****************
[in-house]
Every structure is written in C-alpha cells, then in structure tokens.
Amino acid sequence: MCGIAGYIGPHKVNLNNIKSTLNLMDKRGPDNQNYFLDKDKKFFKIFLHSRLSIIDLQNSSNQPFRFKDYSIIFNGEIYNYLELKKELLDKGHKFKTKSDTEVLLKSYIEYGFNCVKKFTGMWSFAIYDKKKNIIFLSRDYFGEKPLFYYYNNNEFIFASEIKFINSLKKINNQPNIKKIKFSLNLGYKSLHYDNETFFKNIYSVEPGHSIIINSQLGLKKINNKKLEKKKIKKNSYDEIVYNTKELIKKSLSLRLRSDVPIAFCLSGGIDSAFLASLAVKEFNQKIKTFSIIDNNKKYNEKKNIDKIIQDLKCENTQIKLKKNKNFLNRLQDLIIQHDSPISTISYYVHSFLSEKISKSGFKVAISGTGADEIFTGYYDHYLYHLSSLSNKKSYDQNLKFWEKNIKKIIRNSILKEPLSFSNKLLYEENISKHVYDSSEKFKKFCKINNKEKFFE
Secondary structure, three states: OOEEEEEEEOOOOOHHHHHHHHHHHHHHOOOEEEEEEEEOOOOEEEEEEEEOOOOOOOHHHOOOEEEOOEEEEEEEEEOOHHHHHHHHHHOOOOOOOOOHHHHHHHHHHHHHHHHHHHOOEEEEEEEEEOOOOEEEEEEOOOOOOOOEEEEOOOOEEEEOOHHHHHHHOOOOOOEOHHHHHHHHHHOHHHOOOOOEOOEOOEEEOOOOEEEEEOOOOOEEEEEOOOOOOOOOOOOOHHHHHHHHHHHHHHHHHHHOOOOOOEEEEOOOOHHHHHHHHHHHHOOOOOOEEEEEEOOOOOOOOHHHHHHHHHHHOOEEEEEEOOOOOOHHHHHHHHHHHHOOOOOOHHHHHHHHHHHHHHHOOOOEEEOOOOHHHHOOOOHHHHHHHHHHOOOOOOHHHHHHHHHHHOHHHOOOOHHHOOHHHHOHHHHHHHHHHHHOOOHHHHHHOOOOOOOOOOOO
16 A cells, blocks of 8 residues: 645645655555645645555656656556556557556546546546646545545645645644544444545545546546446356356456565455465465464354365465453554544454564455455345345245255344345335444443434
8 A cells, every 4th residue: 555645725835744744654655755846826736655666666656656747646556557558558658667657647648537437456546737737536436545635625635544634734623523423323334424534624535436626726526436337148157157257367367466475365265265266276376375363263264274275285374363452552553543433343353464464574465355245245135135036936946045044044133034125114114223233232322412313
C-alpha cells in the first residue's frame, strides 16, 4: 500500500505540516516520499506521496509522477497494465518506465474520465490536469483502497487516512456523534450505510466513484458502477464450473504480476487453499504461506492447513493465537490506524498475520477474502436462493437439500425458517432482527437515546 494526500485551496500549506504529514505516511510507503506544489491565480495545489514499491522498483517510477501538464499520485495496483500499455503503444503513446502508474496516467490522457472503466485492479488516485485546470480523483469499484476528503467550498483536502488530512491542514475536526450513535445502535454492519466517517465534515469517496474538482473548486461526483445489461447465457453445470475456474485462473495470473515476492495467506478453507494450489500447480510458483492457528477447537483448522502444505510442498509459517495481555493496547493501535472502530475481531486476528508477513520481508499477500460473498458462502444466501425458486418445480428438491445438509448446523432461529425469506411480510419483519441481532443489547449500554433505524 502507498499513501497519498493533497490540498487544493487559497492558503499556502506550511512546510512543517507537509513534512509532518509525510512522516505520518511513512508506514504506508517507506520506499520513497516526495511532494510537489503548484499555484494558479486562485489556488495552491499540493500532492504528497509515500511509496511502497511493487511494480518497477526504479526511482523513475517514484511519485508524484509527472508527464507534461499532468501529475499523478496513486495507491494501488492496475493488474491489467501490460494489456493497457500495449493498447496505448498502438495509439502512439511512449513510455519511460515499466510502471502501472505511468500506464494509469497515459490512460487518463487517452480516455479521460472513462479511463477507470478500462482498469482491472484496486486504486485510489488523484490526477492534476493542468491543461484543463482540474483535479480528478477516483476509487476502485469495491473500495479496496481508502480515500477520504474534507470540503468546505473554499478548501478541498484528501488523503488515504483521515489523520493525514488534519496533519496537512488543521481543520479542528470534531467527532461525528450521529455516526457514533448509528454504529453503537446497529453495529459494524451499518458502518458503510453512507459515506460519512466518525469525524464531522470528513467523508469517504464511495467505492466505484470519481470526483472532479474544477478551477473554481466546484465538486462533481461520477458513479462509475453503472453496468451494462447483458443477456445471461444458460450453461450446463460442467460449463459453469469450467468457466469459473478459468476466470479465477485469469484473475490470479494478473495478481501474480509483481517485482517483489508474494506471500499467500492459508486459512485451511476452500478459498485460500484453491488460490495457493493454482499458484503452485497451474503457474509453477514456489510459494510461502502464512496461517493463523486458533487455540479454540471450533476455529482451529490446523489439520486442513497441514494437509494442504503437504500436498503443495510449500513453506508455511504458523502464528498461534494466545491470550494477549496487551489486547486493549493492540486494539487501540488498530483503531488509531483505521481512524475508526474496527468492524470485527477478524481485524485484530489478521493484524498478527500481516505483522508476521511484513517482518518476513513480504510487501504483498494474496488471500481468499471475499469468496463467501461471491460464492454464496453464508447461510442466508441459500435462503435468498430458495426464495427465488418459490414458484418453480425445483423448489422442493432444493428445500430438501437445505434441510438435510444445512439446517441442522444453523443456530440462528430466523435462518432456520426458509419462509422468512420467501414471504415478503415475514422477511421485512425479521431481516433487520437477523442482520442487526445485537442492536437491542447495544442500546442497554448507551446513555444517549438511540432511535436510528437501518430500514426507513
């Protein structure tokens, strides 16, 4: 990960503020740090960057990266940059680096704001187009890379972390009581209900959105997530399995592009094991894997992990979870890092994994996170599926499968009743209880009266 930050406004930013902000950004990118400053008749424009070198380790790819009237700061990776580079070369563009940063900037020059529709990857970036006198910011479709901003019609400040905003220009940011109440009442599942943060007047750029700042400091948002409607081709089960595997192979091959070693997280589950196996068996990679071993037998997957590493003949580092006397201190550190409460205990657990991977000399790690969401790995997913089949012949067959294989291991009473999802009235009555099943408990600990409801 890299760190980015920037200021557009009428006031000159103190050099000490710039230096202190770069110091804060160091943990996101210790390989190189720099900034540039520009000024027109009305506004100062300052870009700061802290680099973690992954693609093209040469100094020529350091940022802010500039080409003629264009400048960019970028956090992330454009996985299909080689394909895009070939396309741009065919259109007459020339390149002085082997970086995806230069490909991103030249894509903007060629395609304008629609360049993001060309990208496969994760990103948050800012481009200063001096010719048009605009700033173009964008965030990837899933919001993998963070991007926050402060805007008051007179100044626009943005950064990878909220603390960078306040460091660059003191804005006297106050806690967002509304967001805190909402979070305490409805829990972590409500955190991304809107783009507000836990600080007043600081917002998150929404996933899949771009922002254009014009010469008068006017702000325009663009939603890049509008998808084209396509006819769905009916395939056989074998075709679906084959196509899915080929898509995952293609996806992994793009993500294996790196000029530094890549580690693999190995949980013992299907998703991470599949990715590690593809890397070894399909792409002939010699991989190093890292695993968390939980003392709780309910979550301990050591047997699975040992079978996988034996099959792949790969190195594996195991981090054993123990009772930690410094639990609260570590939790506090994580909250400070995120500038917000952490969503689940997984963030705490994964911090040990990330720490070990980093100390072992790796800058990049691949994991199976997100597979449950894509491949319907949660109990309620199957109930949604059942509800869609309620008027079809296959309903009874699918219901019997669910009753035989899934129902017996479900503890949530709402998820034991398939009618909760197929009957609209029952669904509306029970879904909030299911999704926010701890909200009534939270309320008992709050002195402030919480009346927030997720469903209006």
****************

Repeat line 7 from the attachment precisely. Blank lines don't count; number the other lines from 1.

C-alpha cells in the first residue's frame, strides 16, 4: 500500500505540516516520499506521496509522477497494465518506465474520465490536469483502497487516512456523534450505510466513484458502477464450473504480476487453499504461506492447513493465537490506524498475520477474502436462493437439500425458517432482527437515546 494526500485551496500549506504529514505516511510507503506544489491565480495545489514499491522498483517510477501538464499520485495496483500499455503503444503513446502508474496516467490522457472503466485492479488516485485546470480523483469499484476528503467550498483536502488530512491542514475536526450513535445502535454492519466517517465534515469517496474538482473548486461526483445489461447465457453445470475456474485462473495470473515476492495467506478453507494450489500447480510458483492457528477447537483448522502444505510442498509459517495481555493496547493501535472502530475481531486476528508477513520481508499477500460473498458462502444466501425458486418445480428438491445438509448446523432461529425469506411480510419483519441481532443489547449500554433505524 502507498499513501497519498493533497490540498487544493487559497492558503499556502506550511512546510512543517507537509513534512509532518509525510512522516505520518511513512508506514504506508517507506520506499520513497516526495511532494510537489503548484499555484494558479486562485489556488495552491499540493500532492504528497509515500511509496511502497511493487511494480518497477526504479526511482523513475517514484511519485508524484509527472508527464507534461499532468501529475499523478496513486495507491494501488492496475493488474491489467501490460494489456493497457500495449493498447496505448498502438495509439502512439511512449513510455519511460515499466510502471502501472505511468500506464494509469497515459490512460487518463487517452480516455479521460472513462479511463477507470478500462482498469482491472484496486486504486485510489488523484490526477492534476493542468491543461484543463482540474483535479480528478477516483476509487476502485469495491473500495479496496481508502480515500477520504474534507470540503468546505473554499478548501478541498484528501488523503488515504483521515489523520493525514488534519496533519496537512488543521481543520479542528470534531467527532461525528450521529455516526457514533448509528454504529453503537446497529453495529459494524451499518458502518458503510453512507459515506460519512466518525469525524464531522470528513467523508469517504464511495467505492466505484470519481470526483472532479474544477478551477473554481466546484465538486462533481461520477458513479462509475453503472453496468451494462447483458443477456445471461444458460450453461450446463460442467460449463459453469469450467468457466469459473478459468476466470479465477485469469484473475490470479494478473495478481501474480509483481517485482517483489508474494506471500499467500492459508486459512485451511476452500478459498485460500484453491488460490495457493493454482499458484503452485497451474503457474509453477514456489510459494510461502502464512496461517493463523486458533487455540479454540471450533476455529482451529490446523489439520486442513497441514494437509494442504503437504500436498503443495510449500513453506508455511504458523502464528498461534494466545491470550494477549496487551489486547486493549493492540486494539487501540488498530483503531488509531483505521481512524475508526474496527468492524470485527477478524481485524485484530489478521493484524498478527500481516505483522508476521511484513517482518518476513513480504510487501504483498494474496488471500481468499471475499469468496463467501461471491460464492454464496453464508447461510442466508441459500435462503435468498430458495426464495427465488418459490414458484418453480425445483423448489422442493432444493428445500430438501437445505434441510438435510444445512439446517441442522444453523443456530440462528430466523435462518432456520426458509419462509422468512420467501414471504415478503415475514422477511421485512425479521431481516433487520437477523442482520442487526445485537442492536437491542447495544442500546442497554448507551446513555444517549438511540432511535436510528437501518430500514426507513